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An eclectic mix of remarkable works
‘Beyond The Form’, a significant show in the capital city of India, includes works done in a wide variety of media. There are paintings done in oil, watercolor, pastel, acrylic on canvas, digital archival ink on canvas, apart from mixed media works on paper, and sculptures.

The organizer of the show, Bajaj Capital Art House, has unveiled an eclectic mix of remarkable works for art aficionados. There are stunning paintings and sculptures by renowned artists such as Paresh Maity, Satish Gujral and Jagdish Chinthala. Some of the young luminaries like George Martin, Viveek Sharma, Nitish Bhattacharjee and Sunil Padwal have contributed equally stunning canvases.

Satish Gujral has greatly influenced and dominated the Indian art scene. The pain and anguish of homelessness during India’s Partition shaped his artwork. Sunil Padwal’s canvas is a mélange of graffiti, Russian icons and captivating colors that come together to convey the brooding mankind’s angst ridden facet. The artist likes adding dimension to his work - an unusual curved surface in place of a flat one, a form of twisted metal, or perhaps an old signboard.

Murali Cheeroth presents a video installation inspired from the built environment, rather than the luxurious flora and fauna he grew up with in and around rural south, specifically Kerala. His current painterly explorations include the urban cultures as the artist looks closely at the idea of re-construction, change, technology, speed, local and global intersections and constantly shifting multiple layers of urban identities. A work by Viveek Sharma focuses on the urban and rural masses of India. Another work by him evokes patriotic bravado in the backdrop of the recent Mumbai terror attacks.

Vivek Vilasini has made a dramatic use of mixed media. The artist’s digital archival ink on canvas work portrays a general in the Vietnam army who defeated the American and French armies. The other work is based on the existence of a Bible, which can be bought online at Amazon.com and off the shelves as well in Bangalore. The artist explains: “Both my works are an anomaly because Vietnam being a small country could resist such powerful invasions while the Bible, covered in camouflage, reminds me of the historical period of the crusades.” The delicate irony they evoke impacts existing ideologies, and influences the viewer’s cultural and social consciousness.

A young and promising artist from Kerala, T.M. Aziz has efficiently worked in oil on canvas and mixed media. "I have never been particular as an artist about maintaining or retaining a style as experiences tend to change with time,“ he says to add: “I accept the new environment, people and prefer to adapt new techniques and colors in my creations."

Jayasri and Maya Burman bring to life the old world charm. Their contemporary coloration exude reflections of folk form. The former’s paintings carry a dream-like lyrical quality with a touch of unique sensitivity, employing mythic elements - coroneted ceremonial bird, strange hybrid animals with human heads, mother Goddess or creatures of the woods. Maya Burman’s paintings are reminiscent of the fascinating French art nouveau tradition. They have a tapestry like effect, whereas her typographies are mostly figurative. Literature and poetry play a significant role in her paintings.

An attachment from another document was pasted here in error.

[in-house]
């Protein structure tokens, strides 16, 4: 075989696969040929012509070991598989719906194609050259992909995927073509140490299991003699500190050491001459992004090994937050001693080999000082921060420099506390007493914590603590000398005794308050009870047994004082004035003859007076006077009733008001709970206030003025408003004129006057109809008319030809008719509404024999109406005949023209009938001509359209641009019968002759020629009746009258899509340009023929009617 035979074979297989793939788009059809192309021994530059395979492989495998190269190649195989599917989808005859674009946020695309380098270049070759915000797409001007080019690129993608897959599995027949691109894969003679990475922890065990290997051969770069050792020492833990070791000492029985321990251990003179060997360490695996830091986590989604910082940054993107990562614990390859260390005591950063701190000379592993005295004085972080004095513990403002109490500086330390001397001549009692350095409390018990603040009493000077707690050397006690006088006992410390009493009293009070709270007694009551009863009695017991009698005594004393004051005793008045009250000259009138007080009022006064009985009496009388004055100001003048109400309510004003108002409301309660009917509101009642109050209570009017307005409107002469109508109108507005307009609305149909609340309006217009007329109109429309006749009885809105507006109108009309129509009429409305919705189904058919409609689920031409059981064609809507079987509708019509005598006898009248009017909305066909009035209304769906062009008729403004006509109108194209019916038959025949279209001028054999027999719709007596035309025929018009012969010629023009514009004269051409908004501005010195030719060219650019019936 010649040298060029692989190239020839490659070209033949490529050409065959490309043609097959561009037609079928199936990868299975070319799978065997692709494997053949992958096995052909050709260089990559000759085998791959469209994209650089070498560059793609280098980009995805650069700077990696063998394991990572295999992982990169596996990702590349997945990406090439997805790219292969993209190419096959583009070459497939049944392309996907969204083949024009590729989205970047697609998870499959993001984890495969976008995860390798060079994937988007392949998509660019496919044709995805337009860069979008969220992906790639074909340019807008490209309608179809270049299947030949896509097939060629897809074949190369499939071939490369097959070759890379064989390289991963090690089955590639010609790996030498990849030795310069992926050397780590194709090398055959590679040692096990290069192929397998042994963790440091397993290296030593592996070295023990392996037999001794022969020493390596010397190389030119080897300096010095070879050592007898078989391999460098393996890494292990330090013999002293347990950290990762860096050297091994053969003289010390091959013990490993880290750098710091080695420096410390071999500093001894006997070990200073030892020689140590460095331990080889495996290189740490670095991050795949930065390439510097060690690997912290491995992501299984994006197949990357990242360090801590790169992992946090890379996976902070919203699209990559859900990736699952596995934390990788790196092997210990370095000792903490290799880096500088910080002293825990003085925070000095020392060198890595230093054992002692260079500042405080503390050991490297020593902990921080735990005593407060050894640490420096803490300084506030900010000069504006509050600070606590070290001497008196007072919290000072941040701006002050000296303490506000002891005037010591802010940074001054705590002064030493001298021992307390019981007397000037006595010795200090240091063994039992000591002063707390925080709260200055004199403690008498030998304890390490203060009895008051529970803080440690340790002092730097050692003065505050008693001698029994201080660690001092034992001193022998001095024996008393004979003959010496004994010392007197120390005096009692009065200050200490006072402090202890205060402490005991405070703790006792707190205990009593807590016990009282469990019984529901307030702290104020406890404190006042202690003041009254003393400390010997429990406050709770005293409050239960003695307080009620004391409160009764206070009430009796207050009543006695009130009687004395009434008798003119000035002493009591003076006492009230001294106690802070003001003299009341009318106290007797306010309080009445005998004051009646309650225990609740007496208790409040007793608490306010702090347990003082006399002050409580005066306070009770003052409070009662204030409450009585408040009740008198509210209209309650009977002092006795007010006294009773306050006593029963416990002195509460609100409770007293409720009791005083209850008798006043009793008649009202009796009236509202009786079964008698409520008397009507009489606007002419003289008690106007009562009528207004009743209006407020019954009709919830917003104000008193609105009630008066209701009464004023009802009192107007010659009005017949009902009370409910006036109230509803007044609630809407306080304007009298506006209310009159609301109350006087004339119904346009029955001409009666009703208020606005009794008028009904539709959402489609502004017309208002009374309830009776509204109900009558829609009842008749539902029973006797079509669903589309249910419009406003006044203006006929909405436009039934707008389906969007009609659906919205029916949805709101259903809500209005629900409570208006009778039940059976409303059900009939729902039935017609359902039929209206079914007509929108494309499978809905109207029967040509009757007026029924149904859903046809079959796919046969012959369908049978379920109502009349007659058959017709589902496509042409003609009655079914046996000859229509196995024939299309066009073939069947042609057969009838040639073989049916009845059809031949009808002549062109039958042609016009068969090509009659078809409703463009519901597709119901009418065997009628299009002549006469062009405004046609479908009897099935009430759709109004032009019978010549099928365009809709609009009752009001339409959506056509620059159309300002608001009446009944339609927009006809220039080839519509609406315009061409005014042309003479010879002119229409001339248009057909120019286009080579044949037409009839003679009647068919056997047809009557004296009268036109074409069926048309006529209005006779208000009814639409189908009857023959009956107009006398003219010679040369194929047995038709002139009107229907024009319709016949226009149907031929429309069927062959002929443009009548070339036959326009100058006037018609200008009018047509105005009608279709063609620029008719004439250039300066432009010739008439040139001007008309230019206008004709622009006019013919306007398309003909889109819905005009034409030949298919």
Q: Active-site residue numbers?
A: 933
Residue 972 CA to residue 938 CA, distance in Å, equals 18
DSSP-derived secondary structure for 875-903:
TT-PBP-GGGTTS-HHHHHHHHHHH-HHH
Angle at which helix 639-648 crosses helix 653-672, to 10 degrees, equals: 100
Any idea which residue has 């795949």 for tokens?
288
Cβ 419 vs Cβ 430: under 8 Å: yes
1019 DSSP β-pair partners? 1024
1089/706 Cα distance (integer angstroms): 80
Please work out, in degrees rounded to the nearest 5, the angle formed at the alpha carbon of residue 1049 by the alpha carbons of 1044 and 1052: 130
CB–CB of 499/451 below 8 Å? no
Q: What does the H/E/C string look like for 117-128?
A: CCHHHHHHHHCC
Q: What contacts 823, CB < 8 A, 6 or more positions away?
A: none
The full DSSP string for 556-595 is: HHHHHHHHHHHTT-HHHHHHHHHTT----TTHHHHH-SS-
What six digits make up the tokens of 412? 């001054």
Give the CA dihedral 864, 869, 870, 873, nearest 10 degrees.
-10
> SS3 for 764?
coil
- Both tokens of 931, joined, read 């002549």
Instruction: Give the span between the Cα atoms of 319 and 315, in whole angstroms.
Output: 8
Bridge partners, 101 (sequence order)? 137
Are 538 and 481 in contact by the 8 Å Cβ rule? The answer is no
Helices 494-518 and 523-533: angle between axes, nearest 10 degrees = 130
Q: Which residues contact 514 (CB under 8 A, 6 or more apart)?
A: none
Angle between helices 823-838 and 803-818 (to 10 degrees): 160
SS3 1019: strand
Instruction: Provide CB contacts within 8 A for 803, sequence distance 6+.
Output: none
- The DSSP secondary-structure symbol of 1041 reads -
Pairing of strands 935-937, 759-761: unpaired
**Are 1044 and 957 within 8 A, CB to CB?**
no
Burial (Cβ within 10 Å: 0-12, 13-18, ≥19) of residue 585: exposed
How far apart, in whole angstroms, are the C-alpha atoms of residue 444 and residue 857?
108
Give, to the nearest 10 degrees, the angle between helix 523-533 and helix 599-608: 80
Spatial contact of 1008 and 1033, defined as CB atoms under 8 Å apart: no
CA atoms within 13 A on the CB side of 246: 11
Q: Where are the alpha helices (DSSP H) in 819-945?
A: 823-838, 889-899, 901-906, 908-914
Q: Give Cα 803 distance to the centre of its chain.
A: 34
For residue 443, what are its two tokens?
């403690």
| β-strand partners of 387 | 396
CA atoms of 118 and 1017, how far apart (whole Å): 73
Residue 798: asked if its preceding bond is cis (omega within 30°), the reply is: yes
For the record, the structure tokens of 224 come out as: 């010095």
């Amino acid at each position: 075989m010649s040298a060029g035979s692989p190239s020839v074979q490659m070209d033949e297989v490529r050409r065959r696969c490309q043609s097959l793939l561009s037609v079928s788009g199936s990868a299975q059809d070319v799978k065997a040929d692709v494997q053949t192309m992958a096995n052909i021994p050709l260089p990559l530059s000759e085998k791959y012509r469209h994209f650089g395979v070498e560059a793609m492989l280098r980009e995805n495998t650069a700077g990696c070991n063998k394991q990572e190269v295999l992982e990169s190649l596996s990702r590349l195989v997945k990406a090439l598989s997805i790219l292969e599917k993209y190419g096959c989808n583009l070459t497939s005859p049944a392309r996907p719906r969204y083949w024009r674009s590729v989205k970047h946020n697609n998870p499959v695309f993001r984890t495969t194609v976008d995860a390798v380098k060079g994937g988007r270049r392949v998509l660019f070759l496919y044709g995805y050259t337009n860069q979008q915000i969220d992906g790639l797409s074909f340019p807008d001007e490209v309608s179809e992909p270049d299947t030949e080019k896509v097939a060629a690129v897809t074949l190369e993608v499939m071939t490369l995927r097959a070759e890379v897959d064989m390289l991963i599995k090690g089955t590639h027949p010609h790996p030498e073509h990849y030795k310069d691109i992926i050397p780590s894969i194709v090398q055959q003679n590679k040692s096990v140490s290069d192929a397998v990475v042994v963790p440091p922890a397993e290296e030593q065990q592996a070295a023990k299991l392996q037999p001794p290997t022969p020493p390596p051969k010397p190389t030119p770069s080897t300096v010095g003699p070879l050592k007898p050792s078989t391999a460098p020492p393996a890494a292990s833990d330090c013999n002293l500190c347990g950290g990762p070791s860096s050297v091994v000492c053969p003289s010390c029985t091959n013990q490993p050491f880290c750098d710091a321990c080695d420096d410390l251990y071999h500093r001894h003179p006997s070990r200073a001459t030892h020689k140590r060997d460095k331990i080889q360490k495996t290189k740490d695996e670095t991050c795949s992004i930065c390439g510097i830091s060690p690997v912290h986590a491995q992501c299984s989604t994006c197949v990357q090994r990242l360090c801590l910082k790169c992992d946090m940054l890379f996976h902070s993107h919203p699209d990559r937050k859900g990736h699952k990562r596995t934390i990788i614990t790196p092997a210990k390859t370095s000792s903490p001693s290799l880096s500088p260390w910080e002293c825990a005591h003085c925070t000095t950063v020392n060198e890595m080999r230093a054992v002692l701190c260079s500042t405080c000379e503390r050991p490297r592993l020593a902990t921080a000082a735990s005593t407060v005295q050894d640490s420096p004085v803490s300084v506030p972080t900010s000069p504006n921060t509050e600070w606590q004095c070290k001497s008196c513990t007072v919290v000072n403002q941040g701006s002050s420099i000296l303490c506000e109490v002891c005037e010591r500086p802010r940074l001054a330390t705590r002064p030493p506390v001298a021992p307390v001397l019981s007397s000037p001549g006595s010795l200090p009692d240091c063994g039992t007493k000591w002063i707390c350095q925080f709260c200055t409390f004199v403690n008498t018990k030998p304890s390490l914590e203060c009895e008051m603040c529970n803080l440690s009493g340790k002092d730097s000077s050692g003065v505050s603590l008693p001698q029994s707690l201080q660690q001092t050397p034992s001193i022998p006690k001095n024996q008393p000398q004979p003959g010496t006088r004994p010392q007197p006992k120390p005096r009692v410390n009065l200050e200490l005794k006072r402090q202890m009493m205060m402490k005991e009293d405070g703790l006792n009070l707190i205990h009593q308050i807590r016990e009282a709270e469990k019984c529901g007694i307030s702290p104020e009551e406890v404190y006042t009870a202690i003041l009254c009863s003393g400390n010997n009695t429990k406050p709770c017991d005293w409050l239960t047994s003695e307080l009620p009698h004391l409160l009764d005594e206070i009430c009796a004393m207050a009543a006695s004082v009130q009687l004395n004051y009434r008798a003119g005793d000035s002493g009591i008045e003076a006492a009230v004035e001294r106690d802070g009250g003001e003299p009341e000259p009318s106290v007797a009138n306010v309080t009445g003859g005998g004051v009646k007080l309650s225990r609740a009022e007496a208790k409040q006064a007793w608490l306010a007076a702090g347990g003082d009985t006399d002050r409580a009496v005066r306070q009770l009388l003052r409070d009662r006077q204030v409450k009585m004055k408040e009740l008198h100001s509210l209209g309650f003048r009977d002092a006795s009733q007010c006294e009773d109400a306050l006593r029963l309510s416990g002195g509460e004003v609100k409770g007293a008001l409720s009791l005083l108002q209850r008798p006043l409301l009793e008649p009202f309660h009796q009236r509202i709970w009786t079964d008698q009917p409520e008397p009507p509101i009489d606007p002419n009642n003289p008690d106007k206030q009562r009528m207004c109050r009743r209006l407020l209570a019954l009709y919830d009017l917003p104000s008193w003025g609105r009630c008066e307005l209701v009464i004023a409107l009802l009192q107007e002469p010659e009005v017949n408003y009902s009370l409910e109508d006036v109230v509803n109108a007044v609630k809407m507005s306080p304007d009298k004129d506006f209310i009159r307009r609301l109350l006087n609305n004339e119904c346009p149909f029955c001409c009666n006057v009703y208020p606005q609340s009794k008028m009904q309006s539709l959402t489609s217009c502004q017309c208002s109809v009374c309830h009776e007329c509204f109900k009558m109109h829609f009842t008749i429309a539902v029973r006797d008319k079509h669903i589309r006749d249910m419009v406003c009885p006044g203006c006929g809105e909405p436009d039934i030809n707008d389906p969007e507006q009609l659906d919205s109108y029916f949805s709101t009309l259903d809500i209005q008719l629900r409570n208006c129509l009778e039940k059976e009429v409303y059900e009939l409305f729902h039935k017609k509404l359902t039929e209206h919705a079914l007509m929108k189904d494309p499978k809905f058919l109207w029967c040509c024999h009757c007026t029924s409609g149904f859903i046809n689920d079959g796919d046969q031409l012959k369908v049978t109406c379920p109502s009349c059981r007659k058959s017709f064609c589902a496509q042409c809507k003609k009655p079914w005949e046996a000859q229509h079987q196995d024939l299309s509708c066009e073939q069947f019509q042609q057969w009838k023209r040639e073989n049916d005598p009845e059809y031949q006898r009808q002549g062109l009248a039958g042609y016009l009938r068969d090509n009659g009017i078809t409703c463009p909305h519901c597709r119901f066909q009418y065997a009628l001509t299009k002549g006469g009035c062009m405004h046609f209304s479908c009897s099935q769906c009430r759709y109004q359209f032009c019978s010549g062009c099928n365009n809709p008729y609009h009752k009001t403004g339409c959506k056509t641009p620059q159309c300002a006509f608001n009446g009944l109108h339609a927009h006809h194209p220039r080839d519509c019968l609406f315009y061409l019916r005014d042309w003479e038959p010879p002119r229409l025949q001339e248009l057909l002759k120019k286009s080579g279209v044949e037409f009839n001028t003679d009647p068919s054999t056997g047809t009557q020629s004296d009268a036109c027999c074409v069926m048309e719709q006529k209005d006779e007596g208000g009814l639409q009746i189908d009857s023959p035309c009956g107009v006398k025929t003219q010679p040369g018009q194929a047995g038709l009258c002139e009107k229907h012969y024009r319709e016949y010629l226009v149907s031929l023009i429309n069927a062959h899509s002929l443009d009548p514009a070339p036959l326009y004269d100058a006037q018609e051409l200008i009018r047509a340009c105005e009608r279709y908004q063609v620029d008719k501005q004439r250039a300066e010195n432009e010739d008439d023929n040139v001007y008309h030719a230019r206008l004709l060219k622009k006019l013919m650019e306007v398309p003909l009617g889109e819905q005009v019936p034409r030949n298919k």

One of the most promising young painters of contemporary Indian art, Paresh Maity began as a painter in the academic style. Gradually, he shifted to representations of the human form from atmospheric scenery. It turned more abstract until a flourish of a brush laden with transparent colors created paintings of excellent evanescent beauty.

Nitish Bhattacharjee also over a period of time has moved from realistic imagery to abstract art or “non-representational art” as he prefers to term it. The high degree of abstraction prompts the viewer to question the content behind the frantic brush strokes resulting in the inexhaustible layers of texture and color on his canvas. Anil Gaikwad works with juxtaposition of varied materials to convey his artistic concerns. According to the artist, his paintings are like a mirror through which he looks at himself. On the other hand, Jagdish Chinthala’s sculptures depict his perception of the outside world and the human nature’s fallibility, giving his works a universal appeal.

Acclaimed artist George Martin P.J captures the outer layer of urban spaces that reflect the post-modern sense of reality. He mentions: “Interaction with our urban surroundings and environment forms the basis of my consciousness, and my ability for creation. There are many touching incidents and events that make me agitated and prompt a spontaneous artistic reaction.” By stimulating their memories and their inner sensory powers, he looks to strike a chord with the viewers.

According to curator Sushma Bahl, the creations focus on the underlying concerns and emotions that the participating artists try to depict and decipher through their works. They traverse the expected reality and beyond to leave a lasting impression.